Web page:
This work of art is one of the oldest representations in carved wood of Saint Mary Magdalene, rendered even more unique by the position of the Saint who is seated upon a small wooden base. It is most certainly the only piece of thirteenth-century sculpture of its type that can be traced to the area of the Tyrolean Alps. The Alpine origin of the carving is confirmed by its similarity to a very precise style of wooden Madonnas from the Puster Valley (Val Pusteria/Pustertal), from a workshop that was in existence from the end of the Twelfth Century to the first half of the Thirteenth Century.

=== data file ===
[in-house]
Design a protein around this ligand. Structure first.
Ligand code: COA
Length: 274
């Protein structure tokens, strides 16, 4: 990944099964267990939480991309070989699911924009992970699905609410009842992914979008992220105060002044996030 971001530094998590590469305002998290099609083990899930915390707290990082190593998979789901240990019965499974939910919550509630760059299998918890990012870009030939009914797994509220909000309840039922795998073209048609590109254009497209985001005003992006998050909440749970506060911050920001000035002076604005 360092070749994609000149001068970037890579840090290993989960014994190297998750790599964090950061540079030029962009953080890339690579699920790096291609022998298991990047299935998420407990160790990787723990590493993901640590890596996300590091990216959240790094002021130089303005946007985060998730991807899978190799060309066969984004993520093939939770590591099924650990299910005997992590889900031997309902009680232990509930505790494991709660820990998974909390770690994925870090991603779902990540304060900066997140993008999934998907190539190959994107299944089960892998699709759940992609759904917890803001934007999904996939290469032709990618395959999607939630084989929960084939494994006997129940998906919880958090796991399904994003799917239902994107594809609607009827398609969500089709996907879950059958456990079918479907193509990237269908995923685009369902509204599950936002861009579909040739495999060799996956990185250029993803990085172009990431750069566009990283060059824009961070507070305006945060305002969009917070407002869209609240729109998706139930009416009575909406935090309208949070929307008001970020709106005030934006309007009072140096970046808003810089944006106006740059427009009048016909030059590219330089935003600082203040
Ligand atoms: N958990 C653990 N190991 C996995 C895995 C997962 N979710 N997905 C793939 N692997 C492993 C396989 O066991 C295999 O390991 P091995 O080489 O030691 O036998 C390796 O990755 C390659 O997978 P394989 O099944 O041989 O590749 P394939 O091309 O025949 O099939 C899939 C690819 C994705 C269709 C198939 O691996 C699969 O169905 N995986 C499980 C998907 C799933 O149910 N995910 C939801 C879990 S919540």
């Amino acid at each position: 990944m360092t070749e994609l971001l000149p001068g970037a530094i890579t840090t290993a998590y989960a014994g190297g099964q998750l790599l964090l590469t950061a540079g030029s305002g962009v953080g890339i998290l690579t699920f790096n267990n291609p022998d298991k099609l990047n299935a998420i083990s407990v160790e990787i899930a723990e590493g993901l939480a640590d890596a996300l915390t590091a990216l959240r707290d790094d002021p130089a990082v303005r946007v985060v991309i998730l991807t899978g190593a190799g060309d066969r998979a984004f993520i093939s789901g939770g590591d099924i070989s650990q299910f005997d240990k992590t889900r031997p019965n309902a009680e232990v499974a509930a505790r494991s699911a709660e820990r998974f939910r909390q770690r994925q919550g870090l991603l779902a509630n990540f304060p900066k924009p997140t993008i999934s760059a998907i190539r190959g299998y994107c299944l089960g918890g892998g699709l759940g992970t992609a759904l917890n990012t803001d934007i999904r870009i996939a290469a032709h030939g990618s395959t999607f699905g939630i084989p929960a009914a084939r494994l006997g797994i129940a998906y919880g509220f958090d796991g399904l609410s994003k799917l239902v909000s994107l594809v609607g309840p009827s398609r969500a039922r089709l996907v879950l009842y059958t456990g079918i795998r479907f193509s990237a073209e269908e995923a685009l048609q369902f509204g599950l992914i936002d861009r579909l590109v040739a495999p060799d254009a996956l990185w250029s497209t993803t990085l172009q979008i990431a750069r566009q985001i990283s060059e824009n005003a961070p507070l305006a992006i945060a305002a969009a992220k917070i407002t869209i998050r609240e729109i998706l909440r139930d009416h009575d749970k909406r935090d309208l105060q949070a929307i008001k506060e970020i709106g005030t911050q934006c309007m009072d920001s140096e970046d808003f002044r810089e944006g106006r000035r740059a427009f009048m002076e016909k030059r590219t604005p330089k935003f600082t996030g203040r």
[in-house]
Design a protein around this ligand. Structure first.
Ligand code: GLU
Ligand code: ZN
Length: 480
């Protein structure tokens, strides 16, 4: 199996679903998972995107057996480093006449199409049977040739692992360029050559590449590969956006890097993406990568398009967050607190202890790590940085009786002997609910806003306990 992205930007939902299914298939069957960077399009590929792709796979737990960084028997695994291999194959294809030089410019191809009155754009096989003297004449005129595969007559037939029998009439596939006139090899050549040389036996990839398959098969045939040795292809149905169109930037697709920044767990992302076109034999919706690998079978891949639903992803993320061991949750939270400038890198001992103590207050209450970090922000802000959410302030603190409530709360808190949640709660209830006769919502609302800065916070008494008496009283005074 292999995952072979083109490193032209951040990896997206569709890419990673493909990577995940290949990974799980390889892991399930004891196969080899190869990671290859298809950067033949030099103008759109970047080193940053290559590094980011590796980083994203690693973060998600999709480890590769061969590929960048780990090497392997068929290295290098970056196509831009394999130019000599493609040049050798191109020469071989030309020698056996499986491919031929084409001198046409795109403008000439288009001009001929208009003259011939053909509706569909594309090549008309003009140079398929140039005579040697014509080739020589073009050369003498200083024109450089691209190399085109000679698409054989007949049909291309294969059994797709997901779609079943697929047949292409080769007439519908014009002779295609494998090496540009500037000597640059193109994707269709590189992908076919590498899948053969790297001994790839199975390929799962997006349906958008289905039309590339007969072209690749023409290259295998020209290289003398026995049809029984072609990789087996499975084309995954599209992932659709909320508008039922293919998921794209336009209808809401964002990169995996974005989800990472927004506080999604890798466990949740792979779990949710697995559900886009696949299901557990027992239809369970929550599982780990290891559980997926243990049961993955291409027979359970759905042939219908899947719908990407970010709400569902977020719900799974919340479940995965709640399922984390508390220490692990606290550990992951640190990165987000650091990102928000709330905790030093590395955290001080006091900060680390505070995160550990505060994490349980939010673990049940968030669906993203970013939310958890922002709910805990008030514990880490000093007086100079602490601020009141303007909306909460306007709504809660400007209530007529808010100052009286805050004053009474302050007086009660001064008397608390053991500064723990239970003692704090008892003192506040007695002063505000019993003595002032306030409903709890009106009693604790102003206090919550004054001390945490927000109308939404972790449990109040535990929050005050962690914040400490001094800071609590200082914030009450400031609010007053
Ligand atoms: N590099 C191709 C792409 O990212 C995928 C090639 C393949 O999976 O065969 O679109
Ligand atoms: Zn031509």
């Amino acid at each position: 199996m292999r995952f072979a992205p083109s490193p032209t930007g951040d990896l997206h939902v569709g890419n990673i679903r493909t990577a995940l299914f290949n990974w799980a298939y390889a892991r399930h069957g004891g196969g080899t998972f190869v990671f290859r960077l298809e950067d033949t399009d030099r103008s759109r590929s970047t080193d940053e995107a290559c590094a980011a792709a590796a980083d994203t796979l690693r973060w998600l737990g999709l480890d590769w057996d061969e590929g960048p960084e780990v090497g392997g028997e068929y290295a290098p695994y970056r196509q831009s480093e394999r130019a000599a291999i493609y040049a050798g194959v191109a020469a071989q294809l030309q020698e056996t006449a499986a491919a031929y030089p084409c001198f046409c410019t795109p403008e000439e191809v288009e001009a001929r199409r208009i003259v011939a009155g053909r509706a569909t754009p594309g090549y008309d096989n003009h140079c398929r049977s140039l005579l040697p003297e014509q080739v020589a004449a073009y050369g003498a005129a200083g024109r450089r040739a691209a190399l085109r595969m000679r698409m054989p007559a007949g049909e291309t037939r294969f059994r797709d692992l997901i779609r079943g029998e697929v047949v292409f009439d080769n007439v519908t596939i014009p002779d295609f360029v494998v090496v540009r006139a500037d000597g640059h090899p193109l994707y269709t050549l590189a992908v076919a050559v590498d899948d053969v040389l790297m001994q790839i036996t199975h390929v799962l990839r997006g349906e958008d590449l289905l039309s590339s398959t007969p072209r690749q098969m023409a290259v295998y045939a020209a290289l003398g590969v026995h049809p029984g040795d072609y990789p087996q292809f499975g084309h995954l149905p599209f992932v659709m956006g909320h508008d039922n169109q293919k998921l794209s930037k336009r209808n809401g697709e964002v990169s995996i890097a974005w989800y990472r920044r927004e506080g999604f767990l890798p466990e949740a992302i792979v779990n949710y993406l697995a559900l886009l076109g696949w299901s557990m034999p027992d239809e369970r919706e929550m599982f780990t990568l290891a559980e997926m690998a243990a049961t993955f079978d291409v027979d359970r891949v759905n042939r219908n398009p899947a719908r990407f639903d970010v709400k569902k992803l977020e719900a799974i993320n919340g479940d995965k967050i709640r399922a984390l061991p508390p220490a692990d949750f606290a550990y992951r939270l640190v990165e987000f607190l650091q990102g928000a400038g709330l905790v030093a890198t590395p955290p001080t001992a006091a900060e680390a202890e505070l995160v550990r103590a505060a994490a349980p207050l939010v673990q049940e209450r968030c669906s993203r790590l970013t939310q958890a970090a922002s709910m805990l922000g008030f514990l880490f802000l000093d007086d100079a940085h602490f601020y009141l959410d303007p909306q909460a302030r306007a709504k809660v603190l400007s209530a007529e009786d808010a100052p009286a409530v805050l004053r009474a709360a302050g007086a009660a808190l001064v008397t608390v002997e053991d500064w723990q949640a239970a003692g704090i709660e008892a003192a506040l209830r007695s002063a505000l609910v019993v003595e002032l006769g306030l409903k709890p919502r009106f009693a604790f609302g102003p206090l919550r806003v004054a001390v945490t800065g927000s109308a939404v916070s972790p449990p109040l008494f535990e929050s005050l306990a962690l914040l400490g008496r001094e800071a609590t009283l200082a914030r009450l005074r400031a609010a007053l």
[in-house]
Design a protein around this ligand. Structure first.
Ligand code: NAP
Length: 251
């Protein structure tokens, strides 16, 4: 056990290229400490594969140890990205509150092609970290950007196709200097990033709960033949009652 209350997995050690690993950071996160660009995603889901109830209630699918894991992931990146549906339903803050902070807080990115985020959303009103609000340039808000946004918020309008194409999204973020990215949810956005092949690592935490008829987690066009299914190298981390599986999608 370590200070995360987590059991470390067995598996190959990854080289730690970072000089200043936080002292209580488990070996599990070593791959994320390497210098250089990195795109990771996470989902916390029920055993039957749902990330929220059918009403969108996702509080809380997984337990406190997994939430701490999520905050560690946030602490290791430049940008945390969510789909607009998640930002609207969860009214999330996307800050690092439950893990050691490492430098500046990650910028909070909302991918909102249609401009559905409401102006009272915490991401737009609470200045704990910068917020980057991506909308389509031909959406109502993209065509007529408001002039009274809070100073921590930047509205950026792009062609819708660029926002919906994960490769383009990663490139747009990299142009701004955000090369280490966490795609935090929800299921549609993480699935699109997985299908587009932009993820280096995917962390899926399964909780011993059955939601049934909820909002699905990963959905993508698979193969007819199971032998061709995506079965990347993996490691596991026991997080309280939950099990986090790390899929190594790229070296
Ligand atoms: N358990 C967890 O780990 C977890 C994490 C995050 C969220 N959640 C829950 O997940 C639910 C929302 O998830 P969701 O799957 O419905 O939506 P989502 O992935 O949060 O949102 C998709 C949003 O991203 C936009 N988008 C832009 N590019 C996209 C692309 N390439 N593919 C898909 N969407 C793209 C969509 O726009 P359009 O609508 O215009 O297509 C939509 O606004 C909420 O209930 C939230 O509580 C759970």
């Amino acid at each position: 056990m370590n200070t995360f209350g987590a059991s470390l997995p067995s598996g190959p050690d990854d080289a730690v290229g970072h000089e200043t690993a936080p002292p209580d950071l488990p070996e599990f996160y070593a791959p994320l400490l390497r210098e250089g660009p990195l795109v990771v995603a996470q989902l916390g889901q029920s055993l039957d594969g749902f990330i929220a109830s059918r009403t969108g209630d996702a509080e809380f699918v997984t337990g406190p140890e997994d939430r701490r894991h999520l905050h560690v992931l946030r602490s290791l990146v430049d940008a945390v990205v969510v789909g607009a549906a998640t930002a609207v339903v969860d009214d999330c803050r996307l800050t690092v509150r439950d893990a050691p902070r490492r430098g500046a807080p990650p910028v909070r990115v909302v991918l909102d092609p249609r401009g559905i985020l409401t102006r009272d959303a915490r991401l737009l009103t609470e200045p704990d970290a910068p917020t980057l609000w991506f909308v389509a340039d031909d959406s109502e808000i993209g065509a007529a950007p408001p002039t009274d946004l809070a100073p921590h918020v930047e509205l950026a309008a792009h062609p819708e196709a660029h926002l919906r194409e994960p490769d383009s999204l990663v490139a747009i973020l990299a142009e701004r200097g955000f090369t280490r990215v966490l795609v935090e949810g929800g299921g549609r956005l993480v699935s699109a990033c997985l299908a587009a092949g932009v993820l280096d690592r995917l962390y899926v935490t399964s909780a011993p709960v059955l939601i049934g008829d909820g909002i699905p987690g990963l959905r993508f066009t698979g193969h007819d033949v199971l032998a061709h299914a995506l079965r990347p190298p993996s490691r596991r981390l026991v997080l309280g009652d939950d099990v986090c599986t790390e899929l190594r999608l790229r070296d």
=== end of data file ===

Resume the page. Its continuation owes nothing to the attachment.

M. Maguolo (edited by), Giovanna Menegazzi. Immagini di restauro fra Venezia e l’Istria, Il Prato, Saonara 2015, pp. 22, 40-41;
L. Mor (edited by), in Il Crocifisso di Cividale e la scultura lignea nel Patriarcato di Aquileia al tempo di Pellegrino II (secoli XII-XIII), exhibition catalogue (Cividale del Friuli, Museo Nazionale di Palazzo de Nordis, 12 July – 12 October 2014), Allemandi, Turin 2014, pp. 198-201, n. 18;
L. Mor, in Talking Points-Spunti per conversare, edited by L. Violo, Longari arte Milano, Milan 2014, pp. 8-19.